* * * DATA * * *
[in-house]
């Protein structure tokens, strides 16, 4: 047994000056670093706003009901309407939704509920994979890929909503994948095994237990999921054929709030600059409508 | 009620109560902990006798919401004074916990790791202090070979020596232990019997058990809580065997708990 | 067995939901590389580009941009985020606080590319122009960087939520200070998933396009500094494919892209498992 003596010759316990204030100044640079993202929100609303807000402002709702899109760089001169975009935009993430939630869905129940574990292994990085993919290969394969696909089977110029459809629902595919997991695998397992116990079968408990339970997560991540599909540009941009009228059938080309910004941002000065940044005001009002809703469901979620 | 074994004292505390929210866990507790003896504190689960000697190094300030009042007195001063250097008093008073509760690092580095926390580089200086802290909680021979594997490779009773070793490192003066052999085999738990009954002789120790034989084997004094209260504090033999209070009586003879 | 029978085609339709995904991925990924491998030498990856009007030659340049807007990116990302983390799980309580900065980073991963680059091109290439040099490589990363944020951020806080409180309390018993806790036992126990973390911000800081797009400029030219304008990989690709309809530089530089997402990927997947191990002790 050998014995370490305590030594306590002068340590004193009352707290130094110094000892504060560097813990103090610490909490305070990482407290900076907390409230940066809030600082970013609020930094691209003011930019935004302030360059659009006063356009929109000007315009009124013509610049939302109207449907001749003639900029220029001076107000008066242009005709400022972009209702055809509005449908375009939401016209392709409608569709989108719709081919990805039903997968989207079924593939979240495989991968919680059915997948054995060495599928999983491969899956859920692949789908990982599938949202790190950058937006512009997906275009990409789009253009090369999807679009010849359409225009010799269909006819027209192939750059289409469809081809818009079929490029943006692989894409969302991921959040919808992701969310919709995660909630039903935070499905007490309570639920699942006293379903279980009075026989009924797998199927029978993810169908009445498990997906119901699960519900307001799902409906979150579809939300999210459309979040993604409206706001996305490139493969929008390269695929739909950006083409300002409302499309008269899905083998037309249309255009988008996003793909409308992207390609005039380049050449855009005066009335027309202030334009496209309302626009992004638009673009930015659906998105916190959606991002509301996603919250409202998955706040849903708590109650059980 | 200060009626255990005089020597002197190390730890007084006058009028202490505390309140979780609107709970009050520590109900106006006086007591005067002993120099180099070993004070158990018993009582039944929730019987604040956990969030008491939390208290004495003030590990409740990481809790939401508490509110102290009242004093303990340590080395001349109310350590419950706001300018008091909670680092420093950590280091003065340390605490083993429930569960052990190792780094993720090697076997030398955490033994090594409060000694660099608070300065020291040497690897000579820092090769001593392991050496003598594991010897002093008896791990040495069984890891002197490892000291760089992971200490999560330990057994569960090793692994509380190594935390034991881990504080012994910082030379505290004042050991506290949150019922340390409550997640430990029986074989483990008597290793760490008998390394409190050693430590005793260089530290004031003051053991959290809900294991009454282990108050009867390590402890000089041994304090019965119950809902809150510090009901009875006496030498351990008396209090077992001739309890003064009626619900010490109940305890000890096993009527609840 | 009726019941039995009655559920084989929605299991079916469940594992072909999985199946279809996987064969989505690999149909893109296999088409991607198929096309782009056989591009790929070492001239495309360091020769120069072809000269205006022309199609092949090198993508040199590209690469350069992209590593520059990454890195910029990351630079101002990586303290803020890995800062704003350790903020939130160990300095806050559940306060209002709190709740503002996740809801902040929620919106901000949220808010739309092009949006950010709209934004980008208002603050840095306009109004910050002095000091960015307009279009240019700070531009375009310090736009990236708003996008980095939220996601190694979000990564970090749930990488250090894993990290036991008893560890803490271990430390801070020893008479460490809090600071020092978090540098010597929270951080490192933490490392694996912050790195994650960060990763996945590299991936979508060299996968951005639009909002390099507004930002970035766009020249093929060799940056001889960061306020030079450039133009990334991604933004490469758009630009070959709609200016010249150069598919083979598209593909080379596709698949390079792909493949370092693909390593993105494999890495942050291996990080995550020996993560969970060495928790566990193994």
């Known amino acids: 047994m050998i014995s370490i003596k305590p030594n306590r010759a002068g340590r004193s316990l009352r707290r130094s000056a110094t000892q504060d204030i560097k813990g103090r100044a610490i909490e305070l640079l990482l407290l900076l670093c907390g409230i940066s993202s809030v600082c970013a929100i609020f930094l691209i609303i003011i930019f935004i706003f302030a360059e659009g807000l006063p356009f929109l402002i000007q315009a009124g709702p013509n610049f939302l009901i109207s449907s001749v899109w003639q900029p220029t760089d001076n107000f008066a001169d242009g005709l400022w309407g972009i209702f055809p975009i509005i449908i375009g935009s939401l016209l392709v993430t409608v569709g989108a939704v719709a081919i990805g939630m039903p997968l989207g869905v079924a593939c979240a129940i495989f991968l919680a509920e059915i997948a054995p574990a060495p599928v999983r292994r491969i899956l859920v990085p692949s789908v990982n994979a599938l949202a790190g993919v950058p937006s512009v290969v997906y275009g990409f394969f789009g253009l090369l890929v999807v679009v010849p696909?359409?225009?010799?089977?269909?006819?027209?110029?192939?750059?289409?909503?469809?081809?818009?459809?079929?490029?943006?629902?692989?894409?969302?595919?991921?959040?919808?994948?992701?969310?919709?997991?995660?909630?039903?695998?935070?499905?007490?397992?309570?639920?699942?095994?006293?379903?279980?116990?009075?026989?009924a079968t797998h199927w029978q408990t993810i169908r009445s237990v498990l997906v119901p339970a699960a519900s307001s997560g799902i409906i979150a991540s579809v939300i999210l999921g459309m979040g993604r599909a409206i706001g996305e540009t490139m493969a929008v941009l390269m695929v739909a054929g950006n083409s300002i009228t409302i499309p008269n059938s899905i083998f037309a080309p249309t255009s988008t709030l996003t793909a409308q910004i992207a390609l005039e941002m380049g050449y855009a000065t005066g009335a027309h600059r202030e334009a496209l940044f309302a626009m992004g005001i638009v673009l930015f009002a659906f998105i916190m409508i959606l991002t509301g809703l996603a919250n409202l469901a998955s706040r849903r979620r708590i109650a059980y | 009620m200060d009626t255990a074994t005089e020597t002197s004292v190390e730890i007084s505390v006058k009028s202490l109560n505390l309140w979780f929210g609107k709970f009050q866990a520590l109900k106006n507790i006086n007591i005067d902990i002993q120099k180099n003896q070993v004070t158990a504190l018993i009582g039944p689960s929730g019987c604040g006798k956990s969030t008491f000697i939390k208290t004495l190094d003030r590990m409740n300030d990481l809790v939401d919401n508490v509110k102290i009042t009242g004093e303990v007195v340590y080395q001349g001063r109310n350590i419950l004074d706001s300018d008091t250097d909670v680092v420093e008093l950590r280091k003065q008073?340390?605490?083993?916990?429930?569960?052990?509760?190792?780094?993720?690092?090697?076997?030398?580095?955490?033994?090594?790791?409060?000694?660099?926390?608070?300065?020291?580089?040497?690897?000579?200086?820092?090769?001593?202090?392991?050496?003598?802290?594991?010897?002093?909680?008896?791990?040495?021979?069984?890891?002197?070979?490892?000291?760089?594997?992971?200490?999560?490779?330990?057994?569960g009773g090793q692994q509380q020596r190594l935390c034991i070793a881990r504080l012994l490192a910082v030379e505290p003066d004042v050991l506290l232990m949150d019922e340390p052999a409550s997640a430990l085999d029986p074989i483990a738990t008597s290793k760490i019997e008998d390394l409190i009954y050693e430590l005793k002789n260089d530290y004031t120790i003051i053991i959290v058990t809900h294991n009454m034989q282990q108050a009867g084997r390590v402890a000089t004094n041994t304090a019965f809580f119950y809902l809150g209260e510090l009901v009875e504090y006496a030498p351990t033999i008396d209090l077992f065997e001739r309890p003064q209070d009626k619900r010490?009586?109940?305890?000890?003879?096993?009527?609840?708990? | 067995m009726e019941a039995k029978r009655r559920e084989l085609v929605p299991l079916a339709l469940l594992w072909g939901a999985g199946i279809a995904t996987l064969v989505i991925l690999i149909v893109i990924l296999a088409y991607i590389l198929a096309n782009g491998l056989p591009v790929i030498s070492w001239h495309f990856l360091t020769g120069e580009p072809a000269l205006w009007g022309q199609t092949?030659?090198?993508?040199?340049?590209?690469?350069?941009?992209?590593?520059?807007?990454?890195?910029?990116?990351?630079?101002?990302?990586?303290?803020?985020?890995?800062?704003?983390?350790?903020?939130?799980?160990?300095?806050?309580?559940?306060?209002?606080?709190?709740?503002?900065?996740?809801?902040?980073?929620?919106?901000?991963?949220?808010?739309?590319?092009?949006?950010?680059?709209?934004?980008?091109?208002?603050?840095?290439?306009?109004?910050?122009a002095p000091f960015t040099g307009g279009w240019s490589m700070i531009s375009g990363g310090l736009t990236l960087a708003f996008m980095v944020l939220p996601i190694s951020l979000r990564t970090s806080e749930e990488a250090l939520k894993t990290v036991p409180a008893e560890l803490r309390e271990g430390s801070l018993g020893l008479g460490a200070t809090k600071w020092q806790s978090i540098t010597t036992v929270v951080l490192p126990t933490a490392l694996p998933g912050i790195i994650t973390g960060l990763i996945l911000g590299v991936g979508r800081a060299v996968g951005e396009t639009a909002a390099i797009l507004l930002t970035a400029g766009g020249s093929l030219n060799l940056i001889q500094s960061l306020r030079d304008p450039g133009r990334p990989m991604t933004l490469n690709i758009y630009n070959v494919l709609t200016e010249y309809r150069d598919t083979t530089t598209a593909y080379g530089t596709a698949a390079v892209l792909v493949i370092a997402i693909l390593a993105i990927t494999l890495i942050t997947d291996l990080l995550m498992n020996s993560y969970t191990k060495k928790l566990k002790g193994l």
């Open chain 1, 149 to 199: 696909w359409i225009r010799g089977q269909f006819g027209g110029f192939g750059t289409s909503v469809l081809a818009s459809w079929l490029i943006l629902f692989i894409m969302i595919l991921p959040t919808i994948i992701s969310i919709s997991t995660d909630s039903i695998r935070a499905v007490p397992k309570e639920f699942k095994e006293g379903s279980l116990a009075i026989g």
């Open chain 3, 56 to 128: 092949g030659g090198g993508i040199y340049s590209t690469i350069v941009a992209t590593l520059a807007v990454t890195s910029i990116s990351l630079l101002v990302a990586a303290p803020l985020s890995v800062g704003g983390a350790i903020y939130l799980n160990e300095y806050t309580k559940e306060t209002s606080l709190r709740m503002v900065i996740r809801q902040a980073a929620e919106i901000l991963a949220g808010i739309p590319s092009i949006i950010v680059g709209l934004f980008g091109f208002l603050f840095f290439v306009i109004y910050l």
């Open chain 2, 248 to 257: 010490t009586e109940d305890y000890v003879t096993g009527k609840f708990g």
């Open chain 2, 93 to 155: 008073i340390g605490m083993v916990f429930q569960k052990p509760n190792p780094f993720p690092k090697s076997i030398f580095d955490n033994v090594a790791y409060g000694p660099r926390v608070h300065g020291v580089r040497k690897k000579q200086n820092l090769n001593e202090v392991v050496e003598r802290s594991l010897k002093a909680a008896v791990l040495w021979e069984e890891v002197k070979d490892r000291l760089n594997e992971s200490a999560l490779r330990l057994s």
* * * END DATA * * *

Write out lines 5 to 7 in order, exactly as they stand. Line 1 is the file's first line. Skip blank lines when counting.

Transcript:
């Open chain 3, 56 to 128: 092949g030659g090198g993508i040199y340049s590209t690469i350069v941009a992209t590593l520059a807007v990454t890195s910029i990116s990351l630079l101002v990302a990586a303290p803020l985020s890995v800062g704003g983390a350790i903020y939130l799980n160990e300095y806050t309580k559940e306060t209002s606080l709190r709740m503002v900065i996740r809801q902040a980073a929620e919106i901000l991963a949220g808010i739309p590319s092009i949006i950010v680059g709209l934004f980008g091109f208002l603050f840095f290439v306009i109004y910050l």
């Open chain 2, 248 to 257: 010490t009586e109940d305890y000890v003879t096993g009527k609840f708990g």
């Open chain 2, 93 to 155: 008073i340390g605490m083993v916990f429930q569960k052990p509760n190792p780094f993720p690092k090697s076997i030398f580095d955490n033994v090594a790791y409060g000694p660099r926390v608070h300065g020291v580089r040497k690897k000579q200086n820092l090769n001593e202090v392991v050496e003598r802290s594991l010897k002093a909680a008896v791990l040495w021979e069984e890891v002197k070979d490892r000291l760089n594997e992971s200490a999560l490779r330990l057994s």